Instead of cinematically prosecuting these loathsome thugs in any obvious way, Oppenheimer invites them to make a film in which they re-enact killings, in whatever manner they choose. They accept his invitation, not in order to be understood or forgiven but apparently to show the world how merciless they were.

These self-aggrandising, self-styled “free men” – notably the soft-spoken Anwar Congo and his sidekick Herman Koto – depict their crimes in a bizarre way, staging lurid moments of film noir, Western, nightmare horror and even musicals. The latter attain a repellent degree of kitsch, with swaying chorus girls, “Born Free” as a backing track and the obese Koto sporting one of the grotesque drag outfits he favours.

The film is hair-raising, deeply revealing and more than a little contentious: you could argue that, despite their noble intentions, Oppenheimer and his co-directors have made themselves unacceptably complicit with Congo and co. But the outcome is surely cathartic, not for the killers so much as (one hopes) for Indonesian society and the families of the unavenged victims.

In the final sequence, Congo, calmly revisiting a murder site, starts retching uncontrollably – as if his body can’t help expressing the truth that his words will not. The Act of Killing is a hugely challenging act of investigation, and one of the bravest, most disturbing films you’ll see for a long time – although it seems almost incomplete without an accompanying seminar on political reconciliation and documentary ethics.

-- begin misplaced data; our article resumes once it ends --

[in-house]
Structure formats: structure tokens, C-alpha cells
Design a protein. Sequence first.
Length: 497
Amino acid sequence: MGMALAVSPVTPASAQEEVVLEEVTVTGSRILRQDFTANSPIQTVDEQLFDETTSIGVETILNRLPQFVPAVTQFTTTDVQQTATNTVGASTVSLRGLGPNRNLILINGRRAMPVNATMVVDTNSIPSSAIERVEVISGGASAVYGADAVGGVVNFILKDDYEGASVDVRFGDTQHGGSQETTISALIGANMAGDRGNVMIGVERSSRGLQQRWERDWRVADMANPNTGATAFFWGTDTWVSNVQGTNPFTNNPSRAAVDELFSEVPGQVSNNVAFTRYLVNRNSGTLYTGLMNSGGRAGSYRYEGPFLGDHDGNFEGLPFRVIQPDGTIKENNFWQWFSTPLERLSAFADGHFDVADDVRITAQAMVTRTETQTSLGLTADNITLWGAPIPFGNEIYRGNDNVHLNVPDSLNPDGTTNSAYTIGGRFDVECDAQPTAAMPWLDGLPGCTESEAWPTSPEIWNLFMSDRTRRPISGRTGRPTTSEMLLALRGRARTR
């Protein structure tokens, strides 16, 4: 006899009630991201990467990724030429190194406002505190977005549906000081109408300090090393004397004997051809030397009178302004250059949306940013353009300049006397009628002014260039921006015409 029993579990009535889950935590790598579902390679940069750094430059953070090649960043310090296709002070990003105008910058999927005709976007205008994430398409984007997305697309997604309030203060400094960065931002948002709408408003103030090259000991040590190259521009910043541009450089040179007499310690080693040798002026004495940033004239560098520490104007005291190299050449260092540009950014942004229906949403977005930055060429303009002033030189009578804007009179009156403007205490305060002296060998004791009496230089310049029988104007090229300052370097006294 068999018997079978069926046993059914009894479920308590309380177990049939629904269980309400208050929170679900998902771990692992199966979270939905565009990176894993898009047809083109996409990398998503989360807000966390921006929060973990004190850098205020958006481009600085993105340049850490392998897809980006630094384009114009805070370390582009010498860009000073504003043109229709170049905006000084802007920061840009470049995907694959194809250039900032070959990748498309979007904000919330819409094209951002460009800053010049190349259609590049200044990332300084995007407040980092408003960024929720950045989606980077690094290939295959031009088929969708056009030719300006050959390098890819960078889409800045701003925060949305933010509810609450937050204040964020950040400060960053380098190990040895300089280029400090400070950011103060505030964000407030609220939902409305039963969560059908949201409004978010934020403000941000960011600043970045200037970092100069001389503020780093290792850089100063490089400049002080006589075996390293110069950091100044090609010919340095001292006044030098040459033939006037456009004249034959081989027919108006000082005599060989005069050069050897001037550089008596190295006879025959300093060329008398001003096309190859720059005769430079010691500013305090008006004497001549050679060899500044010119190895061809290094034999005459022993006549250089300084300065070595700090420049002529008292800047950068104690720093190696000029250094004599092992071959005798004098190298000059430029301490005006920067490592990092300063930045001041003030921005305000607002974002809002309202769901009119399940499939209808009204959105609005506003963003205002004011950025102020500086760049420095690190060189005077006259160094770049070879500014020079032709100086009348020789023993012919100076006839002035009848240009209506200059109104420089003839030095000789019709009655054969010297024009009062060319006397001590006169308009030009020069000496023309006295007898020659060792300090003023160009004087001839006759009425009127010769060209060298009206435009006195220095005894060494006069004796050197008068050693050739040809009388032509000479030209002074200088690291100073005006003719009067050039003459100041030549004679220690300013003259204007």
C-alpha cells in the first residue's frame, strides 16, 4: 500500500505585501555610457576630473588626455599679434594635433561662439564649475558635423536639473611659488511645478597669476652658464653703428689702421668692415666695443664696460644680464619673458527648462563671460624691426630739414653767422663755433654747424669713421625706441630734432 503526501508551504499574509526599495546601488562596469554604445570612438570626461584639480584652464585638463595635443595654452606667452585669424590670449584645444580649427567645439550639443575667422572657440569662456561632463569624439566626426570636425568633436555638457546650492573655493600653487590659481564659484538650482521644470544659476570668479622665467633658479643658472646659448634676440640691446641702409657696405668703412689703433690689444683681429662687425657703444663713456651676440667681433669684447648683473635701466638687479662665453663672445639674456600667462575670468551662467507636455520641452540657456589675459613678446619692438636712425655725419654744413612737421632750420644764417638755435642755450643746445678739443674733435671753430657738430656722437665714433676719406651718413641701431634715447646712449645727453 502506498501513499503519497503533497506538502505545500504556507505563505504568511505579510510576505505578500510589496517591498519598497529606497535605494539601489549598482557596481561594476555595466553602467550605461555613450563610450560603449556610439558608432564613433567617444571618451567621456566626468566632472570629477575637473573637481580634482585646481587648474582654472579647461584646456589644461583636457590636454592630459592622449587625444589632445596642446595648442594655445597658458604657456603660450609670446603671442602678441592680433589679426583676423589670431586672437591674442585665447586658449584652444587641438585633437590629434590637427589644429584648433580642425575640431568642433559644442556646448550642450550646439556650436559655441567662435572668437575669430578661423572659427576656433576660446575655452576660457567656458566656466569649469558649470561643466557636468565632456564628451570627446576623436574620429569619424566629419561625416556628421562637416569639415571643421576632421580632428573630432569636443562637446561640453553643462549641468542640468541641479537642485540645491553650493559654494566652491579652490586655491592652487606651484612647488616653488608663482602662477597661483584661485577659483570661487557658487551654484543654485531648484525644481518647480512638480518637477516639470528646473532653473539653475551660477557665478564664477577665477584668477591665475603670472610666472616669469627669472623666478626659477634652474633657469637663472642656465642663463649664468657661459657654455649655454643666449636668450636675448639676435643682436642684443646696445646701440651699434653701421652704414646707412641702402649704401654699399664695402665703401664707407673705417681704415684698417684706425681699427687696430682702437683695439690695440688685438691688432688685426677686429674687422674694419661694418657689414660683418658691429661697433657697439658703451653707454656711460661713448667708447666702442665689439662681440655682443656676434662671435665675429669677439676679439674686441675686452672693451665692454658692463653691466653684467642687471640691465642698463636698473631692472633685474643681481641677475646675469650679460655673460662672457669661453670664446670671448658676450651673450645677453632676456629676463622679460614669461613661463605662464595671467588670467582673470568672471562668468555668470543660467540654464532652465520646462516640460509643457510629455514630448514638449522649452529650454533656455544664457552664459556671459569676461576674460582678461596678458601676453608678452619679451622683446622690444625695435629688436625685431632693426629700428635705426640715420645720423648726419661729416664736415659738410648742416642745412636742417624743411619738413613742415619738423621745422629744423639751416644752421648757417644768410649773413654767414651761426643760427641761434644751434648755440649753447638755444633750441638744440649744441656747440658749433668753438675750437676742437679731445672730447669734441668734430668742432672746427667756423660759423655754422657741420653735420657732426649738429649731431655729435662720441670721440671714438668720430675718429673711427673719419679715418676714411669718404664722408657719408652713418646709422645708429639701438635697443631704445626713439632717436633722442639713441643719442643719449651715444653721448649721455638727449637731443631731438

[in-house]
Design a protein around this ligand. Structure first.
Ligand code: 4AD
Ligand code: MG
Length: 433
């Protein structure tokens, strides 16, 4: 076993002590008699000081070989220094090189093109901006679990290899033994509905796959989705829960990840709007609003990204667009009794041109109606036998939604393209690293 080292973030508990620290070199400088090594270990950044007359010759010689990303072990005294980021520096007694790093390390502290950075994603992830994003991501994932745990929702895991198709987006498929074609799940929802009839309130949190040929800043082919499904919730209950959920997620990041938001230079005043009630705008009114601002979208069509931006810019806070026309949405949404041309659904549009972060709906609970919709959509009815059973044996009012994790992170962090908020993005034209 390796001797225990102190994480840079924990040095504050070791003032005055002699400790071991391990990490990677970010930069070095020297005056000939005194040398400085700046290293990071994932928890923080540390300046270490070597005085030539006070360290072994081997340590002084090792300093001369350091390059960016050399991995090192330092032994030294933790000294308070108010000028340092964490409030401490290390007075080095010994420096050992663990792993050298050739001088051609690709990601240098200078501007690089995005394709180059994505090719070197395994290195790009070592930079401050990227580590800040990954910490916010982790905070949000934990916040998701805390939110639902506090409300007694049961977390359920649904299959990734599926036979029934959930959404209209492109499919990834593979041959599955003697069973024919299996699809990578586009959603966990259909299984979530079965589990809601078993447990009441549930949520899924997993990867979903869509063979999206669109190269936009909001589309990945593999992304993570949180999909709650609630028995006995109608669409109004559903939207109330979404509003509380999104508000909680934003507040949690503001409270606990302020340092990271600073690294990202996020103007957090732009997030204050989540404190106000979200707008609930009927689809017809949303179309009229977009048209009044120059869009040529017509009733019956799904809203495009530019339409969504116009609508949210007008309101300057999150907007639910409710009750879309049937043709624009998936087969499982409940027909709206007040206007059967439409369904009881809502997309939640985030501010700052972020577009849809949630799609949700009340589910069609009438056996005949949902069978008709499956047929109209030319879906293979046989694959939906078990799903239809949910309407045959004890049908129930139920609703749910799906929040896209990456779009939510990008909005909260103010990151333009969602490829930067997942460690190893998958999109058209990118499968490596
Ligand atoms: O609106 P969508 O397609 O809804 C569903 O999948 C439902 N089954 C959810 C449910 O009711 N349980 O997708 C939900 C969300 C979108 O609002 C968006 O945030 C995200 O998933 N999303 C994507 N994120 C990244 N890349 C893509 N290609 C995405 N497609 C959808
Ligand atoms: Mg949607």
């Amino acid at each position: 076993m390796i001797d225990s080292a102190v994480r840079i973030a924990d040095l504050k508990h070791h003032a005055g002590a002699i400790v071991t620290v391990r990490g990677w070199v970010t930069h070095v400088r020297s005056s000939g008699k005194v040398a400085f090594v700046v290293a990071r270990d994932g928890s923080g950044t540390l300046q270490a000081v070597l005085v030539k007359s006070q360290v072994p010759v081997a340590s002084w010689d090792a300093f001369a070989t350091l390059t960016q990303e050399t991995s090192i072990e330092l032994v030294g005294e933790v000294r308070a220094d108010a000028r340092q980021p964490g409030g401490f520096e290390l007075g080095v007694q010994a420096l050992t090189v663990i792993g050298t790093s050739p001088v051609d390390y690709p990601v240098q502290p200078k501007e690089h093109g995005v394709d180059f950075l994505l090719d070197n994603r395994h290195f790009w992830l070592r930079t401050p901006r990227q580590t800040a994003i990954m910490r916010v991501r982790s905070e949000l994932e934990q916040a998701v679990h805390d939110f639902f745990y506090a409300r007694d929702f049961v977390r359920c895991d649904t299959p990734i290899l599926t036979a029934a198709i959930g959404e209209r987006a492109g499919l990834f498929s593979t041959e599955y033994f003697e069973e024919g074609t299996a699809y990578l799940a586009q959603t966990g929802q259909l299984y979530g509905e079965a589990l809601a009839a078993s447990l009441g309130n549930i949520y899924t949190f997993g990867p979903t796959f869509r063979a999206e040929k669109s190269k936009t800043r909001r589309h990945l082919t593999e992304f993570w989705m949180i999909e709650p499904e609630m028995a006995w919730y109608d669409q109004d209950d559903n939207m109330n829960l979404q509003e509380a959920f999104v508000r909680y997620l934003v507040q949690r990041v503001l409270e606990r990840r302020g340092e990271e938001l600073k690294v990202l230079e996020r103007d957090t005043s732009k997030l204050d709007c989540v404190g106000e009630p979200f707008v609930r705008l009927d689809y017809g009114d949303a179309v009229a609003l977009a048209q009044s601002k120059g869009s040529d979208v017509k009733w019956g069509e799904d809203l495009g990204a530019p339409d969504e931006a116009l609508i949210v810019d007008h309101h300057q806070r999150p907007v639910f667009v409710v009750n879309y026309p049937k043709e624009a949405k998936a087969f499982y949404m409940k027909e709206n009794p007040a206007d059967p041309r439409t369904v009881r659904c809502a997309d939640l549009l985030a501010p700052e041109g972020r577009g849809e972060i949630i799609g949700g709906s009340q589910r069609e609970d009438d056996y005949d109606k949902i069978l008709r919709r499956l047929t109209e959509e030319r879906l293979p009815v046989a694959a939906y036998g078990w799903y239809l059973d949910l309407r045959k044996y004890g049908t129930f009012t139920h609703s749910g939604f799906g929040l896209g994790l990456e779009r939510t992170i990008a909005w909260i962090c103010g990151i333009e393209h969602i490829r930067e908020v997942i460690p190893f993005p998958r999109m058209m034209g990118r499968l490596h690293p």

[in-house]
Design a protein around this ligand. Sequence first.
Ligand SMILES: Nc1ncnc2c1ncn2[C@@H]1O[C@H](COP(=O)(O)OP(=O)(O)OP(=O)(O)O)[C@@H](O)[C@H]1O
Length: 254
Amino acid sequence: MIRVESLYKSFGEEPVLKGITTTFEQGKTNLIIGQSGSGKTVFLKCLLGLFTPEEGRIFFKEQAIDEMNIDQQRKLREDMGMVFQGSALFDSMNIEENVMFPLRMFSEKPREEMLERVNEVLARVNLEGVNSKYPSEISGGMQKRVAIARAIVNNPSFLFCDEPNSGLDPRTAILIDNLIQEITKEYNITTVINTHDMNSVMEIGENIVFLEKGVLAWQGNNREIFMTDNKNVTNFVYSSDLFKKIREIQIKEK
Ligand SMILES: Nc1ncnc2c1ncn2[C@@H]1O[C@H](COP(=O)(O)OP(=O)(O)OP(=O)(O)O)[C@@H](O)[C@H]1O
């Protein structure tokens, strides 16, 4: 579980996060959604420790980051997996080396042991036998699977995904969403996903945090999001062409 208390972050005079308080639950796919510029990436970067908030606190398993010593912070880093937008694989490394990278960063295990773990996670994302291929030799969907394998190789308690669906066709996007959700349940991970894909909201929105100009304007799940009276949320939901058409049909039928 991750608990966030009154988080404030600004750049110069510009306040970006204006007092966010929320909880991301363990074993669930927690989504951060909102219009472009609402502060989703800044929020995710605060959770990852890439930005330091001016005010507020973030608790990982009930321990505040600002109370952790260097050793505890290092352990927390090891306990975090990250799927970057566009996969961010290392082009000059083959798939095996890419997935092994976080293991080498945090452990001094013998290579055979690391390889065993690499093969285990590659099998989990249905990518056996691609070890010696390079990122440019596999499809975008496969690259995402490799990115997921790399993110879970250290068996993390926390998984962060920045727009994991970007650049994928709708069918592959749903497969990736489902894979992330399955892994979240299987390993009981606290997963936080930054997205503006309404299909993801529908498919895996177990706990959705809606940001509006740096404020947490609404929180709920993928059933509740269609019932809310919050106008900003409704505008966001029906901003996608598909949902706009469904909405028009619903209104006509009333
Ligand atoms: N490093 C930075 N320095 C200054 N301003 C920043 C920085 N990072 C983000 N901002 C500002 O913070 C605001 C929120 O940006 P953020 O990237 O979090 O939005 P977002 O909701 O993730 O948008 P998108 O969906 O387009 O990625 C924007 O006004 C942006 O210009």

ALSO SHOWING

Stand Up Guys (95 mins, 15)

Al Pacino and Christopher Walken play two former gangsters who hang out together when Pacino is released from prison after a 28-year stretch. This laid-back buddy comedy assumes that we’ll be so pleased to watch these accomplished veterans trading better-than-average one-liners that we’ll be prepared to forgive the scrappy plotting and wayward tone.

Despicable Me 2 (98 mins, U)

In this perfunctory cartoon sequel, a Bond villain turned suburban dad (voiced by Steve Carell) is hired by the Secret Service to help catch another criminal mastermind ... but then he spends most of the film stuck in a shopping mall.

Hummingbird (100 mins, 15)

Hummingbird tries to be both an earnest redemption drama about a homeless Afghan War veteran, and a wisecracking, limb-snapping vehicle for Jason Statham. Whichever it is, it’s very silly indeed.

Renoir (111 mins, 12A)

In 1915, the elderly painter and his director-to-be son are both smitten by the same curvaceous model (Christa Teret, above). This sun-dappled period drama is a celebration of the Riviera countryside and naked female flesh – but it isn’t much else.

Night of Silence (91 mins, PG)

In a Turkish village, a paunchy ex-con and a girl who’s young enough to be his granddaughter talk their way through their wedding night. It’s a well-acted chamber piece, but more of a fringe play than a film.

Nicholas Barber

NEXT WEEK Jonathan Romney visits the Civil War in A Field in England

Arts and Entertainment
books
Arts and Entertainment
The Doctor and the Dalek meet
tvReview: Doctor Who Into the Dalek more than compensated for last week's nonsensical offering